Originally published at Dramabeans on June 23, 2014Christmas in August catapulted director Heo Jinho to the forefront of the Korean New Wave in the minds of many local film critics for his understated, yet captivating, style and his unexpectedly low-key approach to the typically emotionally-charged topic of terminal illness. In fact, director Heo's work in Christmas in August was often compared to the work of Japanese master director Yasujirō Ozu, no doubt a flattering comparison for Heo, who has himself admitted to being a fan of Ozu's.
The film even gained traction with critics and audiences in Japan, leading to a Japanese remake in 2005. And for Hur's second film, Shochiku, a movie studio that has produced Ozu's films in the past, even opted to co-produce. While this follow-up, One Fine Spring Day, wasn't blessed with comparative box office success to Christmas in August, it did win over the hearts of critics with its tale of the making and breaking of a relationship.
The film opens with I Sang-u (Yu Jitae) chasing down his grandmother (Bak Seonghui), who suffers from dementia and has a compulsion to go to the train station to wait for her late husband, a conductor, to get off of work. Sang-u lives with her and his father (Bak Inhwan), with frequent visits from his aunt (Sin Sinae), and the whole family makes it known that they believe it's time for him to get married. This is a topic he avoids.
Sang-u works as a recording engineer and he is sent by his studio to help a radio show producer in Gangwon Province, Han Eunsu (I Yeong-ae), record nature sounds for her show. Despite some immediate miscommunication, Eunsu finds Sang-u attractive enough to start a relationship with him. However, the divorced Eunsu becomes uncomfortable with the naive Sang-u's increasing seriousness with their relationship and we watch as fear and reluctance break them apart.
The story is actually fairly simple and many of the scenes in One Fine Spring Day are more demonstrative than built upon conflict, so that it remains compelling is quite surprising. However, upon examination, the reason why the film works so well despite its simple plot is that the characters are actually realized at considerable depth and the conflicts they have with each other, as well as internally, are built upon this characterization.
For example, the fact that Sang-u has a supportive family and their pressuring him to marry plays into the way he relates to Eunsu, especially in his willingness to become more serious. Meanwhile, Eunsu's lack of close family or friends, as well as her status as a (probably older) divorcee informs her reluctance and hesitation with Sang-u once Sang-u gets serious. But this also affects her ephemeral playing with idea of commitment, like in a scene when she spots a couple burial mounds in the countryside and notes to Sang-woo that it would be nice to be buried together with him like that.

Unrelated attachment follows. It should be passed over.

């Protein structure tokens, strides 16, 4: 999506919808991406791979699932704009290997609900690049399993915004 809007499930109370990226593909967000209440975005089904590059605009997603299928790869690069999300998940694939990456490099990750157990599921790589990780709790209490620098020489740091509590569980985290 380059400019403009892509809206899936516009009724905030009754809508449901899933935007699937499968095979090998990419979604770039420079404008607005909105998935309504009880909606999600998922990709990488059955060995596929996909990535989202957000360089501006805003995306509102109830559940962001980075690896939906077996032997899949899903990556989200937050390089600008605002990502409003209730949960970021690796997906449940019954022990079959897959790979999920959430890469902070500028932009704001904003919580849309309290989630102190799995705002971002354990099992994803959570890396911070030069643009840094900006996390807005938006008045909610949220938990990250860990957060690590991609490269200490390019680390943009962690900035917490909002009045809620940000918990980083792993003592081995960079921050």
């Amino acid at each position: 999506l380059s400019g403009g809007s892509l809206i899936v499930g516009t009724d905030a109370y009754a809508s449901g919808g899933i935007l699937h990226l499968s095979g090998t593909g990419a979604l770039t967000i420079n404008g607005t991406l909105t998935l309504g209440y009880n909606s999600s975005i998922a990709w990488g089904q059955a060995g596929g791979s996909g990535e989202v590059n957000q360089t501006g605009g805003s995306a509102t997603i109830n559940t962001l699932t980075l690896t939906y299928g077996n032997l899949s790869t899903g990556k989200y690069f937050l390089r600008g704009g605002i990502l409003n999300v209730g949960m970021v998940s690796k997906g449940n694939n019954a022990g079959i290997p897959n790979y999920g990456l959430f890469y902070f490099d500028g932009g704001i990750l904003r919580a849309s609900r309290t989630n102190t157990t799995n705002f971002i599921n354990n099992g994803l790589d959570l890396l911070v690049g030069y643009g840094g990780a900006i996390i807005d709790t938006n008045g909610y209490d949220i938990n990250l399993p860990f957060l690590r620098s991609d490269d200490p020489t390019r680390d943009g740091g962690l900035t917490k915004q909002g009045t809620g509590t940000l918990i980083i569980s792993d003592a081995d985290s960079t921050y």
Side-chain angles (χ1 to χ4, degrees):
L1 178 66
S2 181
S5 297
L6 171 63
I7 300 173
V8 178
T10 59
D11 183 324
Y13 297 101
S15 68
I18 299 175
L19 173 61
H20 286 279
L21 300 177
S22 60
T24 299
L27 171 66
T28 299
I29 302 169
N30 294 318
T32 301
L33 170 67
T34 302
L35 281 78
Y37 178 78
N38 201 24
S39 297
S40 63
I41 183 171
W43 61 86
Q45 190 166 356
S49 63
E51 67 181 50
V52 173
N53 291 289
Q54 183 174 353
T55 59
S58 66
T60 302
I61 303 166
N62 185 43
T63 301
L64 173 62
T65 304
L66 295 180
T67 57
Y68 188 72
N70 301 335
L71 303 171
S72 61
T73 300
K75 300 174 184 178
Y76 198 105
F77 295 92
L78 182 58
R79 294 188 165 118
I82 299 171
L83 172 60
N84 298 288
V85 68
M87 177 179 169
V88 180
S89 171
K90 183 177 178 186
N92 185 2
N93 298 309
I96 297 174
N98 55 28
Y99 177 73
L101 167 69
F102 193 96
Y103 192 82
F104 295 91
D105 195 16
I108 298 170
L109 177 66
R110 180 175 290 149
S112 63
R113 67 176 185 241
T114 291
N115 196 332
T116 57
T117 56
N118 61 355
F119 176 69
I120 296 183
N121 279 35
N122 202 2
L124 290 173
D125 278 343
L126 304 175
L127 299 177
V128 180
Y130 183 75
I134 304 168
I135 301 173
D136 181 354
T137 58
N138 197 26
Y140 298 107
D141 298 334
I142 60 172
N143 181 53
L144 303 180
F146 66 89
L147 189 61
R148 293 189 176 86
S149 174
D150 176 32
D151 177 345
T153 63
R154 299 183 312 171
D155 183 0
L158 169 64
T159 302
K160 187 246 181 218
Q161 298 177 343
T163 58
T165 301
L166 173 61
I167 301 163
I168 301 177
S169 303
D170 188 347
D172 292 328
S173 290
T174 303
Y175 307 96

This is of course further helped by the performances. Yu Jitae's warm, boyish looks are perfectly fit for Sang-u's naive nice-guy and it is perhaps one of the most appropriate roles I've seen him cast in. In contrast, I Yeong-ae manages to carry layers of hurt even behind her smiles and plays the more experienced Eunsu well, the two of them together having surprisingly excellent chemistry, both in romance and in conflict.
The real star of the show, however, is Heo. With his cinematographer, Gim Hyeonggu, Heo puts together a series of immersive mise-en-scènes for Sang-u and Eunsu to inhabit. Early scenes of the pair in a bamboo forest and a temple never exude overt romanticism, but in their sheer observation of nature and thoughtful composition, convey the kind of sensory beauty under which two people might find themselves feeling romantic.
Furthermore, with Sang-u and Eunsu in the business of recording sound, it only makes sense that One Fine Spring Day feature some impressive sound design and it does. With so many moments of the two would-be, then actual lovers listening to the sounds of nature and civilization, the film makes it easy to get caught up with them as well as the little moments when they listen to each other in recording. The only detraction that I can point to in the final mix is the score. With so much beauty in the sound design, when the acoustic guitar-based score intrudes into those moments of aural observation, it simply is distracting and almost appears heavy-handed in a film that could otherwise boast no such bluntness. It's a jarring contrast.
The subtlety of the film might be demanding for audiences that need more immediate gratification, but with Heo's nuanced and naturalistic observation of romance and its dissolution, it's easy to transcend the need for typical plot points to move you along. As One Fine Spring Day demonstrates, the series of moments that linger in our memories--whether memories of love or hurt--and what drives those moments in the characters are story enough. In that sense, One Fine Spring Day, through its thoughtful play of backstory and observation, manages an atypically compelling tale.
And perhaps that's what Korean film critics were noticing when they gave One Fine Spring Day a handful of awards the following year. That's not to say that the film is for everyone: like Christmas in August, One Fine Spring Day does move slowly and is content to work within the boundaries of subtle storytelling. Attentive and patient viewers will be able to get the most from this film, but because of the subject matter, I think anyone with a history of heartache might find something in One Fine Spring Day to appreciate. Or just watch for the enchanting direction and sound design. 9/10.